Tuesday: Hili dialogue (and lagniappe)

May 5, 2015 • 4:43 am

Bad news: I have apparently re-injured my back by sleeping on it wrong, and so I have a new regiment of 9 Advils per day and strict sleeping on my back, which I hate, as well as applications of “wet heat” and avoidance of all strenuous movement . Those who told me to “stretch” the back were wrong: that just injures it more. Further, the doctor says that, on average, it will be six weeks until I’m completely back to normal, which of course stretches into my book-related activities. Well, you can’t fight the laws of physics, though I’m in serious pain. Meanwhile in Dobrzyn, Hili is taking it easy:

A: What are you doing there?
Hili: I’m still resting after the weekend.
P1020634

In Polish:

Ja: Co tam robisz?
Hili: Jeszcze odpoczywam po weekendzie.

And lagniappe:

The orchard is blooming (still) – day nine.
P1020682

Look at the Princess among the blossoms!

 

40 thoughts on “Tuesday: Hili dialogue (and lagniappe)

  1. That shot of Hili in the tree is spectacular. Sorry to hear about your back. It must be a muscular injury?

  2. Backpain is so annoying, poor Professor Ceiling Cat! “Wet heat” aka hot-water bottle, better than any fancy heating packs.

    Get better soon!

  3. Rotten luck… 🙁
    PCC need kitty love to improve things. Send that man a cat!

    Did Doc tell you to sleep on the floor?

    It was a mistake coming down from the trees…
    Hili realized that!

  4. A bad back is so irritating. I hope you get well soon, Jerry. Lots of reading time, I suppose. x

  5. 9 Advils? That is a lot. You may try to strech yourself a little bit daily only after you recover. Hili is sober even in blossoms, because professor ceiling cat is in pain.

  6. I suffer from Chronic back pain, but thats down to the lower 5 discs being blown and a narrowing of Vertabrae impinging on the Spinal Chord, thats down to Genetics, anyway, sounds like you have pulled a Muscle, so apply Heat via Pads or a Gel, Ralgex is good but that may not be the name its called over in your neck of the woods, and leave it to time and rest, it doesn’t take much to pull a muscle, I did it once just standing up and could hardly move for about 3 Days. hope your soon well.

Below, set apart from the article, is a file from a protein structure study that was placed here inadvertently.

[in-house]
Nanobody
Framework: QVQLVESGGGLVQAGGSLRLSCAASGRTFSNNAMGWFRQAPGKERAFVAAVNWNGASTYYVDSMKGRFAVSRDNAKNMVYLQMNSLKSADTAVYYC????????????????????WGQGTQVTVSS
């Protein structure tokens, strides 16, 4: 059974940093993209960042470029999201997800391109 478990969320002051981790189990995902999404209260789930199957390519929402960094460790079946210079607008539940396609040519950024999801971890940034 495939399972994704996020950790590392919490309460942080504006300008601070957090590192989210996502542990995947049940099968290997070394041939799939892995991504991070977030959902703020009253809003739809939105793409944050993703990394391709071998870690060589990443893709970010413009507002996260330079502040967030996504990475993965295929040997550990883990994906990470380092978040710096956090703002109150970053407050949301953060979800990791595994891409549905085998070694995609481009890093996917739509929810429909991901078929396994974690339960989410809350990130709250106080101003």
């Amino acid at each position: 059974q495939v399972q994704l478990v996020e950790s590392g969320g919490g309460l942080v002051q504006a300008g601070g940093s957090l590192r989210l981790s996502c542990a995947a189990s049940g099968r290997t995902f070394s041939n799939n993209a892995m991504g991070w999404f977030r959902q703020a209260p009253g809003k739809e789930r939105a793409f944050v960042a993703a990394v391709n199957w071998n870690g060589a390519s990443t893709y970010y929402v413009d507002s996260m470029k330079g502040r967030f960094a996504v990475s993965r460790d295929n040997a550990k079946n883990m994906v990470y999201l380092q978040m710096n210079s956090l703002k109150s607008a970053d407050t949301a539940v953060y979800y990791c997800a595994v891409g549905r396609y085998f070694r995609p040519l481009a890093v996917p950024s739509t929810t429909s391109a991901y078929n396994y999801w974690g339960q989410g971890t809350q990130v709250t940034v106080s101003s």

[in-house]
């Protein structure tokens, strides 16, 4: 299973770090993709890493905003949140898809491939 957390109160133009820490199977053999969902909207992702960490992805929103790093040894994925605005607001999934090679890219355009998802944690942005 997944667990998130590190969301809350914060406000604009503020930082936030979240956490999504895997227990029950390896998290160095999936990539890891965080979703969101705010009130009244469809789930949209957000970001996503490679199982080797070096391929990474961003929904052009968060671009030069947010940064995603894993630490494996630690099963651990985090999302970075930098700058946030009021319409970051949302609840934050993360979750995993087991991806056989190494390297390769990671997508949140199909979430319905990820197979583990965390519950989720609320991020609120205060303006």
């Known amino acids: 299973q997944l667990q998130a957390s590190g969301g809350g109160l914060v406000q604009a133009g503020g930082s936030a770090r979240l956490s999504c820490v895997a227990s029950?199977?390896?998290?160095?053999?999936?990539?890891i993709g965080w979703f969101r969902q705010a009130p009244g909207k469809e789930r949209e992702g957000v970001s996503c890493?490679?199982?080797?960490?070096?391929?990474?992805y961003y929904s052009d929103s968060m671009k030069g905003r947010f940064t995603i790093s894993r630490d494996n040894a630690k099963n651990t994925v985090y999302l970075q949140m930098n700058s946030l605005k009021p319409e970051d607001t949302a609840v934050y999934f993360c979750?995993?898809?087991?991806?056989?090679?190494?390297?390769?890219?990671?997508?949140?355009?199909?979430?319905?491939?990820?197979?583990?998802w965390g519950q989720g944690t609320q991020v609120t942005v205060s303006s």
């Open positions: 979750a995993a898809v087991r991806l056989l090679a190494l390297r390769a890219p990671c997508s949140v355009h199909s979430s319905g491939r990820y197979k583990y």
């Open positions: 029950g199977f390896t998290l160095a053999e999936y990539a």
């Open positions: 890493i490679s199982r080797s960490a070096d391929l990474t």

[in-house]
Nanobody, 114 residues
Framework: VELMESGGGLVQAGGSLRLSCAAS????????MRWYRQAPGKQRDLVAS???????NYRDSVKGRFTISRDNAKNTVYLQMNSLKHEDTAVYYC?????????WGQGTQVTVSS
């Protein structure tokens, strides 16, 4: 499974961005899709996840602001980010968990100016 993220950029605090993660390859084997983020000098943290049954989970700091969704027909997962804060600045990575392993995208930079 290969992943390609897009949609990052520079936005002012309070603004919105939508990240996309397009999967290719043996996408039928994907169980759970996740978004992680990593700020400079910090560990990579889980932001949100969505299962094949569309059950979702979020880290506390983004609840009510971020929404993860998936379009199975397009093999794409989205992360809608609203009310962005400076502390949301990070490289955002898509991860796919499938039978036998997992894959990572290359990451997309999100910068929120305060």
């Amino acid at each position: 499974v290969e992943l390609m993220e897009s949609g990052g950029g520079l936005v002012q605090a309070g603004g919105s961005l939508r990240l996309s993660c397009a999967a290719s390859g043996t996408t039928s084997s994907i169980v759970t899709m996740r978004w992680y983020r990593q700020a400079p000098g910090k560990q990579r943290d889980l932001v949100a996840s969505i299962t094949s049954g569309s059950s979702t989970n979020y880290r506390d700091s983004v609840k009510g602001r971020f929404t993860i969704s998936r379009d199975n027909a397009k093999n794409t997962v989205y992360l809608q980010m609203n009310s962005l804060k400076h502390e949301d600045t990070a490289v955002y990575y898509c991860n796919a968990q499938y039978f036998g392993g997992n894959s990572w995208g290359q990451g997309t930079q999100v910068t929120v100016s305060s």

http://www.spine-health.com/treatment/heat-therapy-cold-therapy/benefits-heat-therapy-lower-back-pain

  7. Been there with back pain. We don’t realize what the back does until it doesn’t want to do it!

  8. Hope you recover quickly, and speaking of your book activities, I received an Amazon notice this morning that FvF will arrive on the 25th. I don’y have Amazon prime.

  9. Best advice concerning the back problem is, don’t take anyone’s advice. Just a guess but probably should use science. That is what Hili would say.

  10. Bummer. I too have back, neck and shoulder pain brought on by a migraine. The migraine has the lovely effect of making me pee all night and then in the morning I vomited. On the way in to work, a woman who had bathed herself in perfume set off another reaction. I’m so miserable today.

    1. I’m not sure how you manage to persevere, Diana, but I sure am impressed! So sorry about all that–get better soon!

  11. Yep, stretching can make some injuries feel better so some people seem to think it’s a cure. Kind of the exercise equivalent of taking a cold medicine that relieves the symptoms so people think it cured their cold- my ex-wife was one of those.

  12. Oh no, get well soon and take it easy PCC. Looks like Hili has the right idea in picture no. 1.

  13. Sorry about the back. I, too, hate sleeping on my back. I wonder if this compromise would work for you (it usually helps me when my back goes out): if you want to sleep on your side (who doesn’t?), place a pillow between your legs.

    1. “I, too, hate sleeping on my back.”

      Me three! (Cue the surefire falling-to-sleep potion recommendations…)

        1. I’ve thought the perfect sleeping accommodations would be a zero-gee sphere something like 50′ – 100′ across, with air currents manipulated to keep you close to the middle until it’s time to get up.